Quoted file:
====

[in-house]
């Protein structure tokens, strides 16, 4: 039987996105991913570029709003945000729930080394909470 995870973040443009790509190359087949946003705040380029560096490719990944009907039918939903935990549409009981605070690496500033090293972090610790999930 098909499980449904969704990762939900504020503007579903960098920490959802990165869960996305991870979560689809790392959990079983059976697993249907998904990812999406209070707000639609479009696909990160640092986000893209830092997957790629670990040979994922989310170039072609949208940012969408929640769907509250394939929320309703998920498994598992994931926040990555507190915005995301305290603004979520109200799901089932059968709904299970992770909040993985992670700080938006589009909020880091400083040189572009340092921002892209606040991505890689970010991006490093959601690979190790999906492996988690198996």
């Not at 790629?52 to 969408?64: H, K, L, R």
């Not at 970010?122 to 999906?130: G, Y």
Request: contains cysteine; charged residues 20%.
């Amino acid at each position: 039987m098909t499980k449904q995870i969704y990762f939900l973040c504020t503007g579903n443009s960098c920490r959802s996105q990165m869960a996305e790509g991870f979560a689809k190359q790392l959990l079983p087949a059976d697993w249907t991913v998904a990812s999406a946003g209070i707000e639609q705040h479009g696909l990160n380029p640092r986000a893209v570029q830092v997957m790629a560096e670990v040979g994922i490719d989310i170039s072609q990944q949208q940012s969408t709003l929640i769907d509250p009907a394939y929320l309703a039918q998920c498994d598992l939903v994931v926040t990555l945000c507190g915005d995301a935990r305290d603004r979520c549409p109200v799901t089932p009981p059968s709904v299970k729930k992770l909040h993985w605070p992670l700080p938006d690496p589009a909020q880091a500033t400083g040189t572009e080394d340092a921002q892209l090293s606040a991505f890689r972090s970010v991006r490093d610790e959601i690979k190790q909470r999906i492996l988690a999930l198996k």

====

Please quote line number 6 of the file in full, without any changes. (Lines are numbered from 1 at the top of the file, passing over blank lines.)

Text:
């Amino acid at each position: 039987m098909t499980k449904q995870i969704y990762f939900l973040c504020t503007g579903n443009s960098c920490r959802s996105q990165m869960a996305e790509g991870f979560a689809k190359q790392l959990l079983p087949a059976d697993w249907t991913v998904a990812s999406a946003g209070i707000e639609q705040h479009g696909l990160n380029p640092r986000a893209v570029q830092v997957m790629a560096e670990v040979g994922i490719d989310i170039s072609q990944q949208q940012s969408t709003l929640i769907d509250p009907a394939y929320l309703a039918q998920c498994d598992l939903v994931v926040t990555l945000c507190g915005d995301a935990r305290d603004r979520c549409p109200v799901t089932p009981p059968s709904v299970k729930k992770l909040h993985w605070p992670l700080p938006d690496p589009a909020q880091a500033t400083g040189t572009e080394d340092a921002q892209l090293s606040a991505f890689r972090s970010v991006r490093d610790e959601i690979k190790q909470r999906i492996l988690a999930l198996k």